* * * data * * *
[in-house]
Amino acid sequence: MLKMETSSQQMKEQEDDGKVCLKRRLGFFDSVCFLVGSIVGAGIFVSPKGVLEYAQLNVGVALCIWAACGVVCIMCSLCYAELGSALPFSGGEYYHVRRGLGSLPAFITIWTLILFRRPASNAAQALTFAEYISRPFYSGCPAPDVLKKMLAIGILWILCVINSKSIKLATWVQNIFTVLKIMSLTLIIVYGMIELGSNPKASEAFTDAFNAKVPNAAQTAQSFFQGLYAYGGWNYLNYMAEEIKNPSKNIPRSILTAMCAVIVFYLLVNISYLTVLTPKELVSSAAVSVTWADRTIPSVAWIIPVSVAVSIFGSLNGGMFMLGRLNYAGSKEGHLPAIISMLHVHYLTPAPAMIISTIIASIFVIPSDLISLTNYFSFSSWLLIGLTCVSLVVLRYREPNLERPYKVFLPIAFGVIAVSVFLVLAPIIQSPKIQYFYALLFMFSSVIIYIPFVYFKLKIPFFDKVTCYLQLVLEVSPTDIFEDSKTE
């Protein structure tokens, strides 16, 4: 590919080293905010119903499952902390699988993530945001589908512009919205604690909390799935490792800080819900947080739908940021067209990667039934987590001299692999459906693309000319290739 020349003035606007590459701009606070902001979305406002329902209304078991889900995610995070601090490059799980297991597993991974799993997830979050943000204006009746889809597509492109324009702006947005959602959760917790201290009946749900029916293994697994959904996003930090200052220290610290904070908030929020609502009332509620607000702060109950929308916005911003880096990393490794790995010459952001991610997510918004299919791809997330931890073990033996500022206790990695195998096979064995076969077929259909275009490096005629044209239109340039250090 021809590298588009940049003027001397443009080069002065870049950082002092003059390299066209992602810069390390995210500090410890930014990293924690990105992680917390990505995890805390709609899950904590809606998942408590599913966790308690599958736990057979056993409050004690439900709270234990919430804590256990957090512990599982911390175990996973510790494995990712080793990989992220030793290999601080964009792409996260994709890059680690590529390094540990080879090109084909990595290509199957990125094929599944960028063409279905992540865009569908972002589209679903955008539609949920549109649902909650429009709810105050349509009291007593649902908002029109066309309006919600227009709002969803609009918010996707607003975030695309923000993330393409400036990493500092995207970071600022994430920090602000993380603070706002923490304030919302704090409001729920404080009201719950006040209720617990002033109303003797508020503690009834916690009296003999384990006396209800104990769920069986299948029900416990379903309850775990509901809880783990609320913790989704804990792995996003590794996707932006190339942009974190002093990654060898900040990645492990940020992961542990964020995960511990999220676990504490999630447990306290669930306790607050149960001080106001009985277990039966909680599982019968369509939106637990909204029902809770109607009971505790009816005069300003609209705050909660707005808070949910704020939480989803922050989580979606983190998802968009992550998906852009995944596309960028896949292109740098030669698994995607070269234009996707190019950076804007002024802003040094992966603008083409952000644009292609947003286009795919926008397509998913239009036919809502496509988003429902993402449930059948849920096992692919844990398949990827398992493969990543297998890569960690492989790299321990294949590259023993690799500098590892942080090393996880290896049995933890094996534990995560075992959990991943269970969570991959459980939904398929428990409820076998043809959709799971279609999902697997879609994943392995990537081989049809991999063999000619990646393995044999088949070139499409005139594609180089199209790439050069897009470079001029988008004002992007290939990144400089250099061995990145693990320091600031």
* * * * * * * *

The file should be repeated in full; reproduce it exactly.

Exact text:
[in-house]
Amino acid sequence: MLKMETSSQQMKEQEDDGKVCLKRRLGFFDSVCFLVGSIVGAGIFVSPKGVLEYAQLNVGVALCIWAACGVVCIMCSLCYAELGSALPFSGGEYYHVRRGLGSLPAFITIWTLILFRRPASNAAQALTFAEYISRPFYSGCPAPDVLKKMLAIGILWILCVINSKSIKLATWVQNIFTVLKIMSLTLIIVYGMIELGSNPKASEAFTDAFNAKVPNAAQTAQSFFQGLYAYGGWNYLNYMAEEIKNPSKNIPRSILTAMCAVIVFYLLVNISYLTVLTPKELVSSAAVSVTWADRTIPSVAWIIPVSVAVSIFGSLNGGMFMLGRLNYAGSKEGHLPAIISMLHVHYLTPAPAMIISTIIASIFVIPSDLISLTNYFSFSSWLLIGLTCVSLVVLRYREPNLERPYKVFLPIAFGVIAVSVFLVLAPIIQSPKIQYFYALLFMFSSVIIYIPFVYFKLKIPFFDKVTCYLQLVLEVSPTDIFEDSKTE
């Protein structure tokens, strides 16, 4: 590919080293905010119903499952902390699988993530945001589908512009919205604690909390799935490792800080819900947080739908940021067209990667039934987590001299692999459906693309000319290739 020349003035606007590459701009606070902001979305406002329902209304078991889900995610995070601090490059799980297991597993991974799993997830979050943000204006009746889809597509492109324009702006947005959602959760917790201290009946749900029916293994697994959904996003930090200052220290610290904070908030929020609502009332509620607000702060109950929308916005911003880096990393490794790995010459952001991610997510918004299919791809997330931890073990033996500022206790990695195998096979064995076969077929259909275009490096005629044209239109340039250090 021809590298588009940049003027001397443009080069002065870049950082002092003059390299066209992602810069390390995210500090410890930014990293924690990105992680917390990505995890805390709609899950904590809606998942408590599913966790308690599958736990057979056993409050004690439900709270234990919430804590256990957090512990599982911390175990996973510790494995990712080793990989992220030793290999601080964009792409996260994709890059680690590529390094540990080879090109084909990595290509199957990125094929599944960028063409279905992540865009569908972002589209679903955008539609949920549109649902909650429009709810105050349509009291007593649902908002029109066309309006919600227009709002969803609009918010996707607003975030695309923000993330393409400036990493500092995207970071600022994430920090602000993380603070706002923490304030919302704090409001729920404080009201719950006040209720617990002033109303003797508020503690009834916690009296003999384990006396209800104990769920069986299948029900416990379903309850775990509901809880783990609320913790989704804990792995996003590794996707932006190339942009974190002093990654060898900040990645492990940020992961542990964020995960511990999220676990504490999630447990306290669930306790607050149960001080106001009985277990039966909680599982019968369509939106637990909204029902809770109607009971505790009816005069300003609209705050909660707005808070949910704020939480989803922050989580979606983190998802968009992550998906852009995944596309960028896949292109740098030669698994995607070269234009996707190019950076804007002024802003040094992966603008083409952000644009292609947003286009795919926008397509998913239009036919809502496509988003429902993402449930059948849920096992692919844990398949990827398992493969990543297998890569960690492989790299321990294949590259023993690799500098590892942080090393996880290896049995933890094996534990995560075992959990991943269970969570991959459980939904398929428990409820076998043809959709799971279609999902697997879609994943392995990537081989049809991999063999000619990646393995044999088949070139499409005139594609180089199209790439050069897009470079001029988008004002992007290939990144400089250099061995990145693990320091600031």